For years, China’s hip hop community was thin and disparate. Early acts like Six City from Xinjiang and Yin Ts’ang from Beijing propped up the skeleton of a scene, but without muscles or organs, hip hop as a cultural force never managed to penetrate the mainstream.
But now in the era of smash hit reality TV show Rap of China, hip hop is battling for a position at the head of China’s pop cultural identity. The frontline is Chengdu, capital of Sichuan province and home to the new generation of Chinese rap — in no small part due to the work of Kafe Hu.
Kafe is a rap pioneer, whose expansive catalogue has seen him go bar-for-bar with other rap greats, while also managing to diverge into untread territory. In the infancy of Sichuan’s scene, inspired by his father’s bootleg VCDs of DJ Jazzy Jeff and the Fresh Prince, and by Korean hip hop TV segments, he took up the popping dance style. Shortly after that he started to record his own raps on a cheap USB mic. More recently, he’s released an entire album over a live jazz band, collaborated with producers and artists across every genre, and had a son.
We sat down with Kafe at Eating Music to talk about Sichuan’s hip hop origins, artistic purity in a commercial industry, and the growth that comes with starting a family.
RADII: So first off, when did you start listening to hip hop, and when did you start rapping?
Kafe Hu: I was 14 when I first heard hip hop. And since we’re on this topic, I have to mention my hometown. Everybody thinks I’m from Chengdu, but I’m actually from a smaller city called Jiangyou. The only culture there was food and tourism, so everything around me was just buses and restaurants — there was basically zero hip hop there.
One day my friends and I saw a Korean show with people doing hip hop dance — but we didn’t know that term back then. They were dancing to some rhythmic music, which I later learned was Eminem’s Slim Shady LP. It left a lasting impression on me, and that was the first time I heard rap music. Well, almost. When I was young, my dad bought some illegal VCDs… some Fresh Prince, De La Soul… so really, by the time I was 10, I had already listened to a lot of old school rap. But the first time when I actually knew it was hip hop, it was Eminem.
The reason I started rapping was because I realized my body wasn’t good for hip hop dance. It looked awful (laughs), so I wanted to do something else that was cool. That was around the time we got a computer in my house, and I started searching online for rap albums. 50 Cent, T.I., Jay-Z….
Eventually I found a Chinese rap forum online. A lot of people rapping on there sounded terrible, but the feeling was there. Other users showed me how to download a cracked version of some recording software, so I could record raps over instrumentals. You didn’t even need a VPN back then, so I downloaded a ton of beats. That was the start of me rapping.
The first mic I used was a 25 dollar computer microphone. Our computer didn’t have a headphone jack, so I turned the volume way down and put my ear next to the speakers to record. The first songs I recorded were probably trash, and the lyrics were meaningless. At least I didn’t try to say I had a gun.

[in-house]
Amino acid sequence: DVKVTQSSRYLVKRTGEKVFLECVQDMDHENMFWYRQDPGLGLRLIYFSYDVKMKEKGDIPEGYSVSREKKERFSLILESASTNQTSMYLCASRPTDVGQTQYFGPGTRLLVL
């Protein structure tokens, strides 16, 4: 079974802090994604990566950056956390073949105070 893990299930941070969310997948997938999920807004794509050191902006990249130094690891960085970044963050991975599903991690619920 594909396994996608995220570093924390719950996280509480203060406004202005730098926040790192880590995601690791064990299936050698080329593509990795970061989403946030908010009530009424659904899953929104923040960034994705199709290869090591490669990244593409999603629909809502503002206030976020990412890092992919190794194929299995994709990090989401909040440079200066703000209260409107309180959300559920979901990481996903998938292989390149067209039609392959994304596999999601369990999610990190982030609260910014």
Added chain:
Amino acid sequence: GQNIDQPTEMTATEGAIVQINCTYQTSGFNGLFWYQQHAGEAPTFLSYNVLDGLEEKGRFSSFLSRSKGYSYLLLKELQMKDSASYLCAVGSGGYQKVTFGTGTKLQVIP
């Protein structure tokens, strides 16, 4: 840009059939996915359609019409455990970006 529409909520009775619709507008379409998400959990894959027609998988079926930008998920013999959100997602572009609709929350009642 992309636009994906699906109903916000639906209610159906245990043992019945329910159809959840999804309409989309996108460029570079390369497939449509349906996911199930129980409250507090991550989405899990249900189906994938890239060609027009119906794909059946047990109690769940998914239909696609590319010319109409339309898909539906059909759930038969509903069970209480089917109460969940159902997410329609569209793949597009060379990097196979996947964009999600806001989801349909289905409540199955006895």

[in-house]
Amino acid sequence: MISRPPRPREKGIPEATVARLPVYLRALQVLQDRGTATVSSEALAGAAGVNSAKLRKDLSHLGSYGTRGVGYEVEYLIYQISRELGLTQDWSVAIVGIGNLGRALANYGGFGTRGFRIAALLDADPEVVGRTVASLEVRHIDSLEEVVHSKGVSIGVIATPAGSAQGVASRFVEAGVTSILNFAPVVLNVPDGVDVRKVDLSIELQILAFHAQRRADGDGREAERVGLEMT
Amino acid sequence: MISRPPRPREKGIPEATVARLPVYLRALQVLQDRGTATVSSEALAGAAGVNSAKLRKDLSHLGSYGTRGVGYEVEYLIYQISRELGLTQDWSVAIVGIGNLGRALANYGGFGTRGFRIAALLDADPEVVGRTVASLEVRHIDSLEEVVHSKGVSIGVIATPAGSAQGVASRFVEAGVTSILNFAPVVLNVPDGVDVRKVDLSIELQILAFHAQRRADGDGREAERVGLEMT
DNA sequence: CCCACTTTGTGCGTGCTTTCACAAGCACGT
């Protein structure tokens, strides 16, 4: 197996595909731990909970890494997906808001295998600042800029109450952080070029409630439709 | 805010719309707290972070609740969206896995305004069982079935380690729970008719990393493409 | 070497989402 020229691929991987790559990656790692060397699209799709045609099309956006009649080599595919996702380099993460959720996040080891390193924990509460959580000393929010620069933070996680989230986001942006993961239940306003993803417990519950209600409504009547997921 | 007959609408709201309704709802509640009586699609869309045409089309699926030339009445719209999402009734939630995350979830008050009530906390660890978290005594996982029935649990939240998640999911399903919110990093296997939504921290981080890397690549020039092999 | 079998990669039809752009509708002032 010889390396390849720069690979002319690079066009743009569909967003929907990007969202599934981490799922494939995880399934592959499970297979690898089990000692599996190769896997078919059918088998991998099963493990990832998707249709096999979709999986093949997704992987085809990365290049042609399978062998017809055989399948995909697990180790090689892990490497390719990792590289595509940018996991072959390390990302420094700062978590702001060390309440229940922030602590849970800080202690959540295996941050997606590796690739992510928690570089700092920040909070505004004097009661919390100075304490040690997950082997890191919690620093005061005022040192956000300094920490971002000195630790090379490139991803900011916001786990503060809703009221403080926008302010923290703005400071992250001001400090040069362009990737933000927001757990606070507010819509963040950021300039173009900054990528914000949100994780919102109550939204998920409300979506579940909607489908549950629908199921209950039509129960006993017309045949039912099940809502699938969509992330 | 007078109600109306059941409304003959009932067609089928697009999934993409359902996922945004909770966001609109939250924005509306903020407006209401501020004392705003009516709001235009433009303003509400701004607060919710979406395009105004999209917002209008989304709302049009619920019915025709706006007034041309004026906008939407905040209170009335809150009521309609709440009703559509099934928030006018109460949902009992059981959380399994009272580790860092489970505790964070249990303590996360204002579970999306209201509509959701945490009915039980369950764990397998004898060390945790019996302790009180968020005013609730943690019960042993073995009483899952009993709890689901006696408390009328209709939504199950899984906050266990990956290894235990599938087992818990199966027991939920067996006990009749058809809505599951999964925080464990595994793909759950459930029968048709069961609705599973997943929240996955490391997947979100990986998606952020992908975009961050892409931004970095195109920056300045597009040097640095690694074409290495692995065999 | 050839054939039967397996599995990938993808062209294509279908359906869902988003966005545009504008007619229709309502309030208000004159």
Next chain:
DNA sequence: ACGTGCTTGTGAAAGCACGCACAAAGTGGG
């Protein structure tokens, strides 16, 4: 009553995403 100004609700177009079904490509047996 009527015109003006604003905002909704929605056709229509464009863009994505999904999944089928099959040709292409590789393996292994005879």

The first songs I recorded were probably trash, and the lyrics were meaningless. At least I didn’t try to say I had a gun.
Word, humble beginnings. What kind of hip hop dance did you do back then?
I did popping, but it was like… super ugly, man. You could never imagine how fucking terrible my popping was.
Any videos still online?
You want a video? I’ll do it right now.
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No worries, I’m playing. What was the scene like in Sichuan and in Chengdu back then?
Well at the start it wasn’t rap that was popular, but breakdancing. It was really big in China back then, so when I got to Chengdu there were already a lot of hip hop fans, wearing oversized clothes, dancing. There was one group that was always doing street performances for 100RMB a pop. Meanwhile, rap was really overlooked. People brushed it off — it seemed like an infant learning how to walk. When I see my son walking, he can’t walk well, and sometimes he falls. Rap that I saw in Chengdu twelve years ago was like that.
When I first went to Chengdu, there were only a few people who were rapping. Later there were ten, then twenty, now Chengdu probably has over a thousand rappers. So it grew like that. The hip hop dance era is over, the rock era is also over, but rap is still pushing on. More and more people started coming to our shows — I remember one performance with Chengdu Rap House, the first time the audience was over 1,000… that was when we realized that rap could be successful in Chengdu.
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Now Chengdu’s hip hop influence is huge, like Higher Brothers who have signed with American labels. Masiwei is very smart, and DZ is a great singer. They have the skills and planning to get to where they are, so I congratulate them. That kind of thing is why everyone thinks Chengdu is the pioneer of hip hop in China. But I don’t like to talk big like that — I think hip hop is good everywhere.
The most important thing isn’t just the rapping, but also that the audience is willing to listen to the music, and not just care who’s holding the mic. If they just care about the artist, it’s the same as how we all liked [pop star] Andy Lau when we were young.
A culture’s progress isn’t from one person, but from a group of people. It’s probably not the answer you were looking for, but I think it’s my responsibility to explain that hip hop is the same throughout the whole country. The internet reaches everywhere, and hip hop has reached everywhere in China. It’s better to say that hip hop has developed in all of China, rather than just in Chengdu.